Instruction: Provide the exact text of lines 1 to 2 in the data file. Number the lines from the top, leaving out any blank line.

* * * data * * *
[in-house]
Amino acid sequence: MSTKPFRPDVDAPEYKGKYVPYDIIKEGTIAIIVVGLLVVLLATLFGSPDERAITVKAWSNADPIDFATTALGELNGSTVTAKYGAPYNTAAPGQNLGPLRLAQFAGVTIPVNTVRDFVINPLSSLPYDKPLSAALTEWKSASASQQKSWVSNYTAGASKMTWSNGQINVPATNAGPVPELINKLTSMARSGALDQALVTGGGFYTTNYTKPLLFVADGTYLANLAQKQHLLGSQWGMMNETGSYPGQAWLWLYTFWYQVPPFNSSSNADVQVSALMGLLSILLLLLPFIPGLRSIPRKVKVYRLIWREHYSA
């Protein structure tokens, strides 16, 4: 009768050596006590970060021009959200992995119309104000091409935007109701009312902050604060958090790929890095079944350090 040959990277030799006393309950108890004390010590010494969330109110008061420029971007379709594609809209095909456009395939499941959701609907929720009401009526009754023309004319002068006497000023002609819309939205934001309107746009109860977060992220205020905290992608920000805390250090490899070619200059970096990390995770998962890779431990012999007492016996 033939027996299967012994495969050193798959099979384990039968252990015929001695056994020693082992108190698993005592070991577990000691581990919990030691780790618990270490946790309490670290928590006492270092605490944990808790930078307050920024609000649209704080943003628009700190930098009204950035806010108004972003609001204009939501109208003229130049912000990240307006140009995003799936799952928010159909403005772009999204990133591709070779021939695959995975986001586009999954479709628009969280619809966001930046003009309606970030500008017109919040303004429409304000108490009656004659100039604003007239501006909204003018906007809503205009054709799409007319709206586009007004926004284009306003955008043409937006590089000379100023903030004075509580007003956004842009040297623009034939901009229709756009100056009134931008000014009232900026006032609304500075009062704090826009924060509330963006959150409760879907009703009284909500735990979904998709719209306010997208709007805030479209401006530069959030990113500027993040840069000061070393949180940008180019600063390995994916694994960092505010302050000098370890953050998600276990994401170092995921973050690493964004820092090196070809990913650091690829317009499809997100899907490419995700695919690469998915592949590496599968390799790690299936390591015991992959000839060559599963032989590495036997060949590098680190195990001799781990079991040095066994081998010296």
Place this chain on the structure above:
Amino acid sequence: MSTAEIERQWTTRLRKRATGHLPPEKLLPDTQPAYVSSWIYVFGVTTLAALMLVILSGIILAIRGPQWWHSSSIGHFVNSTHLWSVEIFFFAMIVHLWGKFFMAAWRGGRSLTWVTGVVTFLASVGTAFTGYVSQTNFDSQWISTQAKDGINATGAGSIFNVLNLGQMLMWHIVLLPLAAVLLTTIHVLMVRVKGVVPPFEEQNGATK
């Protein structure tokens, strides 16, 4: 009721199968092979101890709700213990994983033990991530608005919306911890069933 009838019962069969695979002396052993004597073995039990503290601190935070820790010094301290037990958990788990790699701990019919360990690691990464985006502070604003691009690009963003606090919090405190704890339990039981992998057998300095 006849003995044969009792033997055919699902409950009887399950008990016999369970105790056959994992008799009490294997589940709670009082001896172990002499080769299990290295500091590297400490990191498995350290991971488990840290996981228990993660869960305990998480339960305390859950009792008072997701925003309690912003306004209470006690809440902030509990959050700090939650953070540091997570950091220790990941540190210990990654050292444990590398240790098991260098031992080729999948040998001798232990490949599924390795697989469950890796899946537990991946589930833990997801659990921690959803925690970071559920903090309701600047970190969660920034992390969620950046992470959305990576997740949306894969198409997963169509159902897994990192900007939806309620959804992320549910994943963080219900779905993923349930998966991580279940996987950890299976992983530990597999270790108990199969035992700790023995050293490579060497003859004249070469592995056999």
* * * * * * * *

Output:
[in-house]
Amino acid sequence: MSTKPFRPDVDAPEYKGKYVPYDIIKEGTIAIIVVGLLVVLLATLFGSPDERAITVKAWSNADPIDFATTALGELNGSTVTAKYGAPYNTAAPGQNLGPLRLAQFAGVTIPVNTVRDFVINPLSSLPYDKPLSAALTEWKSASASQQKSWVSNYTAGASKMTWSNGQINVPATNAGPVPELINKLTSMARSGALDQALVTGGGFYTTNYTKPLLFVADGTYLANLAQKQHLLGSQWGMMNETGSYPGQAWLWLYTFWYQVPPFNSSSNADVQVSALMGLLSILLLLLPFIPGLRSIPRKVKVYRLIWREHYSA